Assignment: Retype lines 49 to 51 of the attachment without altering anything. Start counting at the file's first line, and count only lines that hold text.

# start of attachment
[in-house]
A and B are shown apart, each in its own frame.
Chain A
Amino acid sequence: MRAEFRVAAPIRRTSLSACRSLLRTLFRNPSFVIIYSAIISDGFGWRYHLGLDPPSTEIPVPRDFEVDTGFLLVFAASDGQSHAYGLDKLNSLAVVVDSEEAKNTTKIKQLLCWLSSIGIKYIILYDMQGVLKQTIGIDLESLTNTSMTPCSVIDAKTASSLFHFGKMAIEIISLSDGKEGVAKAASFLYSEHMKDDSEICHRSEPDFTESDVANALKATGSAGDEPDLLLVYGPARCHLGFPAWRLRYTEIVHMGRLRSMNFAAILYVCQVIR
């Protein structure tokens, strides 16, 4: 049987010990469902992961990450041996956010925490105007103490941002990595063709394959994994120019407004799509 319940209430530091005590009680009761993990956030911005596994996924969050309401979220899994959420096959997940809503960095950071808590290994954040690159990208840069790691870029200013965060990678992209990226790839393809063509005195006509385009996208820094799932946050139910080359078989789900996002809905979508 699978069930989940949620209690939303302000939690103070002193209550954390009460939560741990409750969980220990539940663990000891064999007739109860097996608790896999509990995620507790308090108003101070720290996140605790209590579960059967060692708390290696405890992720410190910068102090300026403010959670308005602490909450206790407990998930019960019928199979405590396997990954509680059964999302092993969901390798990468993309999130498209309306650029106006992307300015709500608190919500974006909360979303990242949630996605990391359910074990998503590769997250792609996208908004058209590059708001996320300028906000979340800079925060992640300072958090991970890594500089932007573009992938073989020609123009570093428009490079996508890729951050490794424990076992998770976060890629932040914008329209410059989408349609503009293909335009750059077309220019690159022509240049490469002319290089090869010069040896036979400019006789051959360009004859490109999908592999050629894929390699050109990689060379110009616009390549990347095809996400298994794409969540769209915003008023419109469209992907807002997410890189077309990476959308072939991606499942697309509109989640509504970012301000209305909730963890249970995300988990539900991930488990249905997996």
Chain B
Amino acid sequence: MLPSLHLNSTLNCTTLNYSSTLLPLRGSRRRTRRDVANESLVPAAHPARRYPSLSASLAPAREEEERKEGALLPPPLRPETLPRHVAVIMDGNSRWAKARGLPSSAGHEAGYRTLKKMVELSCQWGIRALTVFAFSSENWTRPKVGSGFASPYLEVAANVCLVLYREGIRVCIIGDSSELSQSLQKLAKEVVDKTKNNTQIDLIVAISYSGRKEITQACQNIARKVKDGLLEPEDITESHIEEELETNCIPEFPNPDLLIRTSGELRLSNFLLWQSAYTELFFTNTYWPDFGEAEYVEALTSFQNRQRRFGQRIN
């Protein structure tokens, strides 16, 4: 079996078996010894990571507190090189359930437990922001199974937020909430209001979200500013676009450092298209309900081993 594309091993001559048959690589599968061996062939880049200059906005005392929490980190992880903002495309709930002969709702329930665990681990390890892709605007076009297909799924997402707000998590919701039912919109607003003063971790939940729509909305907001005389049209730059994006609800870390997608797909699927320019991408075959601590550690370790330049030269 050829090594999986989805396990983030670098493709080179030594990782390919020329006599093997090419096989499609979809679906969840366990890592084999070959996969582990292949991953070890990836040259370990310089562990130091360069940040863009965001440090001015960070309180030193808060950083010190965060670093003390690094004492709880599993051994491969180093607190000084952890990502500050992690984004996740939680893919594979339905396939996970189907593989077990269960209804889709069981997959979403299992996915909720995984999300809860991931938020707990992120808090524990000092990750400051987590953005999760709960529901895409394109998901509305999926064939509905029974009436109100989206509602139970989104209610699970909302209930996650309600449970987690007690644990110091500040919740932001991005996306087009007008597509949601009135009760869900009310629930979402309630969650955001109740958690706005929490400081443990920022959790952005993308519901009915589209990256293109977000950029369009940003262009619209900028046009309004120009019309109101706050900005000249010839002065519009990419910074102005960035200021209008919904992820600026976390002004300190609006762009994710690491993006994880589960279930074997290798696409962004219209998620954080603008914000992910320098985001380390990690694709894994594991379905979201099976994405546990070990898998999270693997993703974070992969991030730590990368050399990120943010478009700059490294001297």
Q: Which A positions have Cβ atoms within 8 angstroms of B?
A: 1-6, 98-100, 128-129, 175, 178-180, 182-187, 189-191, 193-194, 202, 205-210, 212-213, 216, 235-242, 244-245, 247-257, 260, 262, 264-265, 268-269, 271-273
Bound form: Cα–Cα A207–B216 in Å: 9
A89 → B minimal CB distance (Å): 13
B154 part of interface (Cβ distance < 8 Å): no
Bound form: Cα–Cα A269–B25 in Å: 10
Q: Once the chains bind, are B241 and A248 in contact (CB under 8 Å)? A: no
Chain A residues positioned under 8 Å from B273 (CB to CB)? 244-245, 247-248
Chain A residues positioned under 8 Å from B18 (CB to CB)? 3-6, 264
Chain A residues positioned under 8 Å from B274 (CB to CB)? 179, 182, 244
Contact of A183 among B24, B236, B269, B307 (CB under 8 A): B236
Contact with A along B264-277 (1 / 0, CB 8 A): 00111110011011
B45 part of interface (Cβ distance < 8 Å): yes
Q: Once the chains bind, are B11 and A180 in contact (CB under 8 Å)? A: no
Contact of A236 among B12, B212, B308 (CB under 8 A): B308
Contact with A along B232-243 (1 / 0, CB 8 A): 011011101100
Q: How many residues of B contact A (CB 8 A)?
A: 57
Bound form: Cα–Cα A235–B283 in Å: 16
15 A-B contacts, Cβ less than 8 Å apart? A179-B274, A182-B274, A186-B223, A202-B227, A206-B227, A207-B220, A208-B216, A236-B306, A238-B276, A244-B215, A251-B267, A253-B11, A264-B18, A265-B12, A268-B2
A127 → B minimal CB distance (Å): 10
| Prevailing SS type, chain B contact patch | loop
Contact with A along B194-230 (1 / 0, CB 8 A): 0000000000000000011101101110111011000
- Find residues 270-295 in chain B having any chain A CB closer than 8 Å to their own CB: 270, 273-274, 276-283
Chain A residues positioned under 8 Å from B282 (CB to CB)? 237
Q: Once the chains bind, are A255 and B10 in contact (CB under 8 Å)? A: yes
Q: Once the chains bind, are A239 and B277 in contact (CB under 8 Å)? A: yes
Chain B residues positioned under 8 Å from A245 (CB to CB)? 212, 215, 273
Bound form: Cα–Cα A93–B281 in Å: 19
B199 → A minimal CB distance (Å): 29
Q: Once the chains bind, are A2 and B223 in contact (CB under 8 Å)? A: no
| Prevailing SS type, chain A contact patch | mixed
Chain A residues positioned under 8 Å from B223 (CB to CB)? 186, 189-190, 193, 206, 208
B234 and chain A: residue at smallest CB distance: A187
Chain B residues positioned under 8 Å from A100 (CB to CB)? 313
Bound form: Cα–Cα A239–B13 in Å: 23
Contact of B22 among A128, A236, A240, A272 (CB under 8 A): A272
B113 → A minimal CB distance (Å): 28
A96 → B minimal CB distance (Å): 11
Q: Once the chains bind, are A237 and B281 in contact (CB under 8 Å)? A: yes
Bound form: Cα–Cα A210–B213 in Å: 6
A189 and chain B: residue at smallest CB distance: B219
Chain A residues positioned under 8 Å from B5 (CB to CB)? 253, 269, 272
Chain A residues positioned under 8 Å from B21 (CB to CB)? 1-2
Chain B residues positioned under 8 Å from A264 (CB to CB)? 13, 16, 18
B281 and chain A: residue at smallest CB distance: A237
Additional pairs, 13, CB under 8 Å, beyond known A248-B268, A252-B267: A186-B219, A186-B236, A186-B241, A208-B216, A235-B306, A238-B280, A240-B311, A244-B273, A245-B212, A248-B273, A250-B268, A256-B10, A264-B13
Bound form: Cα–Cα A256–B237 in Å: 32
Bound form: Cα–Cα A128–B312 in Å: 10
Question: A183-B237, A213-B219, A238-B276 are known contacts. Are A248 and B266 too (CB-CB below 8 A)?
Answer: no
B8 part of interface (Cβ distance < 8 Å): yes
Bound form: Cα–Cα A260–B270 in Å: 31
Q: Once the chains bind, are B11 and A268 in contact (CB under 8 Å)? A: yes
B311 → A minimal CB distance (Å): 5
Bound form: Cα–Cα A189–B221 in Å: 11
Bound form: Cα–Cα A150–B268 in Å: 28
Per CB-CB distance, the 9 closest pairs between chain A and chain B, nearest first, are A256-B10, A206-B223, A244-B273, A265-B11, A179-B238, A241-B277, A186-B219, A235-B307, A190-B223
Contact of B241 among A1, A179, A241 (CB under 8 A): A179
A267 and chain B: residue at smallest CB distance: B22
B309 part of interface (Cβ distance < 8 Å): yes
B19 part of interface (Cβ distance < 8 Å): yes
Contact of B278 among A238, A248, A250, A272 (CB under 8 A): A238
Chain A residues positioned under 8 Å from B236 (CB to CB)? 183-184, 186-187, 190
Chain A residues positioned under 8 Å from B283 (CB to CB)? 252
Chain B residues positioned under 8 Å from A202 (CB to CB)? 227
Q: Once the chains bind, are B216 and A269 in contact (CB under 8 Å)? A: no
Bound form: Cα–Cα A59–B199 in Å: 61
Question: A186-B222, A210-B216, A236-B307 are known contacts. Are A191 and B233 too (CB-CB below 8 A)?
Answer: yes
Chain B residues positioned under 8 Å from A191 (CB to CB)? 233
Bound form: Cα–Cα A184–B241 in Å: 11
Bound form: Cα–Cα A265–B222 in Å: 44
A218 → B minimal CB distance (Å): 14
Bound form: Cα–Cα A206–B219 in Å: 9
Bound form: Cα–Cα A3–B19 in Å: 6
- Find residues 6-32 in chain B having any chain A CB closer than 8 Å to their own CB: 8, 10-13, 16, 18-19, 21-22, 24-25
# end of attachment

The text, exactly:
Bound form: Cα–Cα A210–B213 in Å: 6
A189 and chain B: residue at smallest CB distance: B219
Chain A residues positioned under 8 Å from B5 (CB to CB)? 253, 269, 272